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A_Little_Off_Route

Do you take 2 cordalettes?

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Joe also does not believe in antilock brakes...

True, being from snow country, the last thing I want is a weak algorithm managing any skids I happen to get into. So yeah, I similarly don't delegate belaying to a device either and don't think belaying off anchors is a particularly good idea. But it does play into doing other things than belaying when belaying if one is already so inclined.

 

Modern ABS is pretty refined, in fact I'm pretty certain you couldn't outbrake it on a majority of slippery surfaces with manual brakes, especially on turns.

 

What's wrong with autolock for belaying the follower? After all it's just a top rope. Frees up a lot of time especially on a big wall. You can also belay two followers at once, easily stack twin ropes, and stop to take pictures. It's just plain easier.

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Do you take 2 cordalettes with you on a multi-pitch climb?

 

I take up to 5 cordalettes, especially when I'm climbing ice with the 4 tool method

 

[video:youtube]

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If we are flipping leads, the follower never clips into anything, they just hang on the reverso and I'd steal their belay device and put them on lead belay with it.

 

Are they then going to belay you with a munter on the next pitch? Or is this assuming that this is the topout pitch?

 

When they leave the belay they grab the reverso they'd been hanging from, and its 2 lockers.

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Joe also does not believe in antilock brakes...

True, being from snow country, the last thing I want is a weak algorithm managing any skids I happen to get into. So yeah, I similarly don't delegate belaying to a device either and don't think belaying off anchors is a particularly good idea. But it does play into doing other things than belaying when belaying if one is already so inclined.

Modern ABS is pretty refined, in fact I'm pretty certain you couldn't outbrake it on a majority of slippery surfaces with manual brakes, especially on turns.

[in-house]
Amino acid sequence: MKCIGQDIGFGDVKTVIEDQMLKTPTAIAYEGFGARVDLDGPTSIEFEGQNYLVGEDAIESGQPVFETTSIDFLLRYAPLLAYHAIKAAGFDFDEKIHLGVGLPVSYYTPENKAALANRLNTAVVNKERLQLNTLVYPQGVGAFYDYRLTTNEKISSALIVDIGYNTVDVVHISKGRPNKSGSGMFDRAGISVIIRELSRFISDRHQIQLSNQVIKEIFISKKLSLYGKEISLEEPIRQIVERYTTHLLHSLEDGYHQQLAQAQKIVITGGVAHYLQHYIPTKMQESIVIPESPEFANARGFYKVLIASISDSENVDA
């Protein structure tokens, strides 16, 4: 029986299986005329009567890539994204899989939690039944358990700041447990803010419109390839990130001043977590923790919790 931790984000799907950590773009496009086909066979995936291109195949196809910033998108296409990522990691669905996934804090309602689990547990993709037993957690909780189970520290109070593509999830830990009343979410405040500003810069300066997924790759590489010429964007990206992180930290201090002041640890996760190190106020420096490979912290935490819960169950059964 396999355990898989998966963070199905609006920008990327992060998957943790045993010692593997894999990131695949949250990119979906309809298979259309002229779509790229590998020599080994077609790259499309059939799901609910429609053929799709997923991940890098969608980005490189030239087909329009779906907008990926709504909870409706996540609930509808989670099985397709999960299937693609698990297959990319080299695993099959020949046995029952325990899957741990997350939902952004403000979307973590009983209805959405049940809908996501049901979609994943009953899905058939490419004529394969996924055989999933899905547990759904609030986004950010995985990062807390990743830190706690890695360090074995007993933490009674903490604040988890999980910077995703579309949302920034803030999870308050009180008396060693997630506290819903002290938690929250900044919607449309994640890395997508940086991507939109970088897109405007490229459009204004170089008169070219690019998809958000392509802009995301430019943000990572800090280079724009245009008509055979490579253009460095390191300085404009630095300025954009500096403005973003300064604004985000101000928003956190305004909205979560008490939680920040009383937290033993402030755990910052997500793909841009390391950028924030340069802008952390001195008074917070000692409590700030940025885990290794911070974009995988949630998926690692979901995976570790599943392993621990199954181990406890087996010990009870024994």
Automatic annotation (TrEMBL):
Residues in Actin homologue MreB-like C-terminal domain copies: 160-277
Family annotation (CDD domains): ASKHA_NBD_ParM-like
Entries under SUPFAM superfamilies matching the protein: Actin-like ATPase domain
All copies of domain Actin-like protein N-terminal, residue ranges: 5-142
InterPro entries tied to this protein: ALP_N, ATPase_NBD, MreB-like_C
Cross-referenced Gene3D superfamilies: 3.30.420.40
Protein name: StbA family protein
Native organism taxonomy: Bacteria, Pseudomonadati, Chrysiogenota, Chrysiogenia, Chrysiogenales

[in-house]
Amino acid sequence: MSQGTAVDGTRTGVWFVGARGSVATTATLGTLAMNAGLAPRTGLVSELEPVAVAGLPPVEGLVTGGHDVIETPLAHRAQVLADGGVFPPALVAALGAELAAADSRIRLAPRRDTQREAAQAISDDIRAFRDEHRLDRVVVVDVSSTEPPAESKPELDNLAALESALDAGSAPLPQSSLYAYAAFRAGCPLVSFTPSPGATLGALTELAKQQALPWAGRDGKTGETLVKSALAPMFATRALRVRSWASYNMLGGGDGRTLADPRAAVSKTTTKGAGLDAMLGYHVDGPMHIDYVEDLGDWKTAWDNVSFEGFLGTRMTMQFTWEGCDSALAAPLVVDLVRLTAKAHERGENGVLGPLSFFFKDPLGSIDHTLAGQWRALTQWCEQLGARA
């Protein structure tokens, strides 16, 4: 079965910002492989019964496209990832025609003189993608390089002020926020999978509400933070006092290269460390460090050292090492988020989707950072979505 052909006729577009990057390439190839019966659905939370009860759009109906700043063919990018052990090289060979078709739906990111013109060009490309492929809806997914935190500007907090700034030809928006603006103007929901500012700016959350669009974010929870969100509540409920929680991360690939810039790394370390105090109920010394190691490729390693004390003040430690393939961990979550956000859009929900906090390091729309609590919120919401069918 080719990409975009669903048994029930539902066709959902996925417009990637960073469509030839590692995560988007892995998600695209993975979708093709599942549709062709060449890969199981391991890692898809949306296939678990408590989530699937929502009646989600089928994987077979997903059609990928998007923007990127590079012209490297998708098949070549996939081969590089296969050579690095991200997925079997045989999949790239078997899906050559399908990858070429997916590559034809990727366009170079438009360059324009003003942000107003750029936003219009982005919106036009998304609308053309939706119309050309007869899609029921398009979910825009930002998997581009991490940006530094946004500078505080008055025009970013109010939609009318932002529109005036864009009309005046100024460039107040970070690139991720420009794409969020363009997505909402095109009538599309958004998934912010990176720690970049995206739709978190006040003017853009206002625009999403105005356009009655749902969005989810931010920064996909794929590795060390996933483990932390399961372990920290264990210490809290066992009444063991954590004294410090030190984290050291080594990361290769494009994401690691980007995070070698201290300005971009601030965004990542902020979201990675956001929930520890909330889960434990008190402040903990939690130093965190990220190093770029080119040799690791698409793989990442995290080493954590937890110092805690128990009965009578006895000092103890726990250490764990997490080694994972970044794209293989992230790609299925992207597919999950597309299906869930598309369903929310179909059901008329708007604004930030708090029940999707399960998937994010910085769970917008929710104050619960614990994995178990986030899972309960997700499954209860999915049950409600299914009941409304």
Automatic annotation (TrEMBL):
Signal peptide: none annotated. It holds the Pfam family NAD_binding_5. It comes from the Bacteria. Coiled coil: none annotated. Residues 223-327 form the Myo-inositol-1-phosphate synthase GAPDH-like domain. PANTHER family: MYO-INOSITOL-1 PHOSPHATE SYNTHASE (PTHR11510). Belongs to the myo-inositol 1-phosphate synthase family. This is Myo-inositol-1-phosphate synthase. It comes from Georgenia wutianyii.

I know exactly how modern abs units work, half of what I do of late is write sensor-related apps. The problem is they don't help at all in the Gorge when I want it most, are worse when dealing with snow skids, and only excel during emergency stops on dry/somewhat wet pavement. Not enough benefit for the intrusion from my perspective. Basically the two things I for sure don't want a computer doing is braking an automobile and talking (ever).

 

What's wrong with autolock for belaying the follower? After all it's just a top rope. Frees up a lot of time especially on a big wall. You can also belay two followers at once, easily stack twin ropes, and stop to take pictures. It's just plain easier.

Exactly. "Easier" is certainly one word for it I suppose. But it's tough enough as is these days to get people to simply STFUAB without introducing a habit which encourages even more slovenly habits. Belaying a second on a big wall aid line? Sure, but that's pretty much it. As for the other, I don't like climbing in threesomes, don't ever want two followers climbing at the same time, and don't really like seeing someone taking pictures, eating or picking their nose when some else is climbing.

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1. Put a cam in close to you, clove hitch the rope to its racking biner.

2. Put another piece in a little further away, clove hitch the rope to it.

3. If you need another piece, put it in now, and clove to it.

4. Pull up rope, slap your [belay device of choice] on, and yell "On belay _"

*Climber ascends to belay, then continues to lead the next pitch. He yells down "I'm anchored _"

5. Start disassembling your anchor to whatever you feel comfortable with.

6. You hear "On belay _" from above.

7. Drop the last clove hitch or 2, rack those cam(s), and GO!

^^^THIS!^^^ Mugsy nails it, much faster and stronger than any cordelette. Not needed for belaying the 2nd on a long aid line. Fix and jug. Cordelettes can be real useful on long aid climbs where things get clustered up, but lots of real good aid climbers don't use them and don't want them. Mark Hudon, for instance, was recently pointing out that he has no use for them on hard El Cap routes and was showing pics of his clean looking anchors on Supertopo with just the rope and some butterfly knots.

 

So what you are left with is that clusterfuckolettes really excel when you have multiple climbers, say, you and too many noobs. Then it's sweeter than ABS and safety belts together. IMO. Metolius makes one of the damned sweetest ones out there, as it packs down into a tiny pack you clip off to your harness for deployment, and is a badassed strong piece of webbing. Ya might choke on the price but it's real solid and worth the scratch, but if you re-read Blakes link upthread, you're back to trying to keep it simple. No clusterfuckolettes for me. Not one, and especially not 2. It's a personal choice for me. Folks can and will do what they wish of course.